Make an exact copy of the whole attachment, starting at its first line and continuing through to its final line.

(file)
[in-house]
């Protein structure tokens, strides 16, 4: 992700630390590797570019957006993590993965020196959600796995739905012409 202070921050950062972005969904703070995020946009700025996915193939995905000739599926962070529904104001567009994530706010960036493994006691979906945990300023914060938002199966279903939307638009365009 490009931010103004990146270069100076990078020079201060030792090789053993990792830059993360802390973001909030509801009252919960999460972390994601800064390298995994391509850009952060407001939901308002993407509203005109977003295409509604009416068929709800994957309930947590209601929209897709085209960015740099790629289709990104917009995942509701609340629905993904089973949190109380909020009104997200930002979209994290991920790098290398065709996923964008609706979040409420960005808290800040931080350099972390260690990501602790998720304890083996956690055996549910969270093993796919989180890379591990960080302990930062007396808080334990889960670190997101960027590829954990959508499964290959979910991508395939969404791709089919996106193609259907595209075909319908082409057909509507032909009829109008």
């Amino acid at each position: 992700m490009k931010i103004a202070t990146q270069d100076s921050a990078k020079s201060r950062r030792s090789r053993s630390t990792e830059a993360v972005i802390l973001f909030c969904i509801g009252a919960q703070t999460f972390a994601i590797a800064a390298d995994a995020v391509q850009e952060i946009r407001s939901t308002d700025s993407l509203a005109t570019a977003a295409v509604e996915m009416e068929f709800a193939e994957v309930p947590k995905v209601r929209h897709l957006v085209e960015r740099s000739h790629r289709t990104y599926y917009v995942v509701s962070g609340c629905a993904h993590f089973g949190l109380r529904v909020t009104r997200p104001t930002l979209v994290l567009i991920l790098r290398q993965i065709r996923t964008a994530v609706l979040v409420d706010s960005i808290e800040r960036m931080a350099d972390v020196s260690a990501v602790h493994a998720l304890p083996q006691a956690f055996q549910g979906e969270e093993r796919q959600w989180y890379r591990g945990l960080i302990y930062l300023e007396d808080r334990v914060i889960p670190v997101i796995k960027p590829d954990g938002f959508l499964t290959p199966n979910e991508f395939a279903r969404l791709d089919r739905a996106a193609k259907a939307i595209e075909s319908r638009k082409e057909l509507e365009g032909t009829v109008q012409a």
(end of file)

[in-house]
């Protein structure tokens, strides 16, 4: 992700630390590797570019957006993590993965020196959600796995739905012409 202070921050950062972005969904703070995020946009700025996915193939995905000739599926962070529904104001567009994530706010960036493994006691979906945990300023914060938002199966279903939307638009365009 490009931010103004990146270069100076990078020079201060030792090789053993990792830059993360802390973001909030509801009252919960999460972390994601800064390298995994391509850009952060407001939901308002993407509203005109977003295409509604009416068929709800994957309930947590209601929209897709085209960015740099790629289709990104917009995942509701609340629905993904089973949190109380909020009104997200930002979209994290991920790098290398065709996923964008609706979040409420960005808290800040931080350099972390260690990501602790998720304890083996956690055996549910969270093993796919989180890379591990960080302990930062007396808080334990889960670190997101960027590829954990959508499964290959979910991508395939969404791709089919996106193609259907595209075909319908082409057909509507032909009829109008």
């Amino acid at each position: 992700m490009k931010i103004a202070t990146q270069d100076s921050a990078k020079s201060r950062r030792s090789r053993s630390t990792e830059a993360v972005i802390l973001f909030c969904i509801g009252a919960q703070t999460f972390a994601i590797a800064a390298d995994a995020v391509q850009e952060i946009r407001s939901t308002d700025s993407l509203a005109t570019a977003a295409v509604e996915m009416e068929f709800a193939e994957v309930p947590k995905v209601r929209h897709l957006v085209e960015r740099s000739h790629r289709t990104y599926y917009v995942v509701s962070g609340c629905a993904h993590f089973g949190l109380r529904v909020t009104r997200p104001t930002l979209v994290l567009i991920l790098r290398q993965i065709r996923t964008a994530v609706l979040v409420d706010s960005i808290e800040r960036m931080a350099d972390v020196s260690a990501v602790h493994a998720l304890p083996q006691a956690f055996q549910g979906e969270e093993r796919q959600w989180y890379r591990g945990l960080i302990y930062l300023e007396d808080r334990v914060i889960p670190v997101i796995k960027p590829d954990g938002f959508l499964t290959p199966n979910e991508f395939a279903r969404l791709d089919r739905a996106a193609k259907a939307i595209e075909s319908r638009k082409e057909l509507e365009g032909t009829v109008q012409a």